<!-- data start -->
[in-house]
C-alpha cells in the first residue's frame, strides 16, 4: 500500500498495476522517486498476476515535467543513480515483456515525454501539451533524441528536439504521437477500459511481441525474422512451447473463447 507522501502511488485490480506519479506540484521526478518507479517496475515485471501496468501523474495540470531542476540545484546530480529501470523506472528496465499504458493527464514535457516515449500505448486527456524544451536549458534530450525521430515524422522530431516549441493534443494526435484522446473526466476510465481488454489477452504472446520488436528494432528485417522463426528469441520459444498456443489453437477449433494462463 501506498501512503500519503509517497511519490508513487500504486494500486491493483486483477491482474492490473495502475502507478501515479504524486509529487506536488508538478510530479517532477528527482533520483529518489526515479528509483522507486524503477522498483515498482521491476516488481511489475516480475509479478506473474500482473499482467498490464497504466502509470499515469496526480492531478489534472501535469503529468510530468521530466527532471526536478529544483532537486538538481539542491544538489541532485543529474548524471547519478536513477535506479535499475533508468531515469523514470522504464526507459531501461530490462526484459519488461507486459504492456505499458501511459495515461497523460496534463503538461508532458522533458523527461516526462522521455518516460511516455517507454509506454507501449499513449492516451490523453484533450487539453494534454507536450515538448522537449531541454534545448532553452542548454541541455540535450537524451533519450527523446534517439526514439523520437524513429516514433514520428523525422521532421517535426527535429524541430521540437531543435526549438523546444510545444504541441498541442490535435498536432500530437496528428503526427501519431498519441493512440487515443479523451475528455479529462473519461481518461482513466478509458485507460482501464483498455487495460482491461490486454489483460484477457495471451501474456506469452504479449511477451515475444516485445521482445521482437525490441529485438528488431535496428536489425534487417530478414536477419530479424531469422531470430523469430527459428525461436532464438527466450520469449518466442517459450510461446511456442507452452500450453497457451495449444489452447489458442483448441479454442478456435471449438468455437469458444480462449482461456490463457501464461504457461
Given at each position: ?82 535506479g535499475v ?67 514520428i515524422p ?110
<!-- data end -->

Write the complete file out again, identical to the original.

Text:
[in-house]
C-alpha cells in the first residue's frame, strides 16, 4: 500500500498495476522517486498476476515535467543513480515483456515525454501539451533524441528536439504521437477500459511481441525474422512451447473463447 507522501502511488485490480506519479506540484521526478518507479517496475515485471501496468501523474495540470531542476540545484546530480529501470523506472528496465499504458493527464514535457516515449500505448486527456524544451536549458534530450525521430515524422522530431516549441493534443494526435484522446473526466476510465481488454489477452504472446520488436528494432528485417522463426528469441520459444498456443489453437477449433494462463 501506498501512503500519503509517497511519490508513487500504486494500486491493483486483477491482474492490473495502475502507478501515479504524486509529487506536488508538478510530479517532477528527482533520483529518489526515479528509483522507486524503477522498483515498482521491476516488481511489475516480475509479478506473474500482473499482467498490464497504466502509470499515469496526480492531478489534472501535469503529468510530468521530466527532471526536478529544483532537486538538481539542491544538489541532485543529474548524471547519478536513477535506479535499475533508468531515469523514470522504464526507459531501461530490462526484459519488461507486459504492456505499458501511459495515461497523460496534463503538461508532458522533458523527461516526462522521455518516460511516455517507454509506454507501449499513449492516451490523453484533450487539453494534454507536450515538448522537449531541454534545448532553452542548454541541455540535450537524451533519450527523446534517439526514439523520437524513429516514433514520428523525422521532421517535426527535429524541430521540437531543435526549438523546444510545444504541441498541442490535435498536432500530437496528428503526427501519431498519441493512440487515443479523451475528455479529462473519461481518461482513466478509458485507460482501464483498455487495460482491461490486454489483460484477457495471451501474456506469452504479449511477451515475444516485445521482445521482437525490441529485438528488431535496428536489425534487417530478414536477419530479424531469422531470430523469430527459428525461436532464438527466450520469449518466442517459450510461446511456442507452452500450453497457451495449444489452447489458442483448441479454442478456435471449438468455437469458444480462449482461456490463457501464461504457461
Given at each position: ?82 535506479g535499475v ?67 514520428i515524422p ?110